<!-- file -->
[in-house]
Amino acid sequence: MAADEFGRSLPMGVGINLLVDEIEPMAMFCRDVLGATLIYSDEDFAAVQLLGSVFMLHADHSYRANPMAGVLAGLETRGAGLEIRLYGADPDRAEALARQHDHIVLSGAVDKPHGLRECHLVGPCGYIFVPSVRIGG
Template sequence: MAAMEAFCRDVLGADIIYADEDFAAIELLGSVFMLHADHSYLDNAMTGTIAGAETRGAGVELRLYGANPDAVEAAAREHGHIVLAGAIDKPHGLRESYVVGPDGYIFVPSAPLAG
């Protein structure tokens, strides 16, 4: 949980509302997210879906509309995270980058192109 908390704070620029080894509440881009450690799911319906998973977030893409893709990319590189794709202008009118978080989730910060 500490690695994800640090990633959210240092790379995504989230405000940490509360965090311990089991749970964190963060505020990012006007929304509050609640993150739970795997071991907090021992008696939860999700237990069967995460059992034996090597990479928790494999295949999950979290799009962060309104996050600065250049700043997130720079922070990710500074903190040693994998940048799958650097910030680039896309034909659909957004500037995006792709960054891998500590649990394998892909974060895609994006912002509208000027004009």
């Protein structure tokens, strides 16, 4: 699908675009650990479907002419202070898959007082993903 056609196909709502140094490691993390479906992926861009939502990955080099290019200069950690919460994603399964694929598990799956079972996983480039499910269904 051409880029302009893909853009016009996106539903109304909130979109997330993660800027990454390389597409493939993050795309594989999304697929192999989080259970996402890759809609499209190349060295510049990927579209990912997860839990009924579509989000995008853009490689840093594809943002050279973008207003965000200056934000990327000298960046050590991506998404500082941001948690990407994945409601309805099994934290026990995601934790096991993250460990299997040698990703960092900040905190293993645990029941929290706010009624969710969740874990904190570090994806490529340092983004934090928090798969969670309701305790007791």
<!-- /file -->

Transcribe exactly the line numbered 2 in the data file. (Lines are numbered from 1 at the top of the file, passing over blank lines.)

Amino acid sequence: MAADEFGRSLPMGVGINLLVDEIEPMAMFCRDVLGATLIYSDEDFAAVQLLGSVFMLHADHSYRANPMAGVLAGLETRGAGLEIRLYGADPDRAEALARQHDHIVLSGAVDKPHGLRECHLVGPCGYIFVPSVRIGG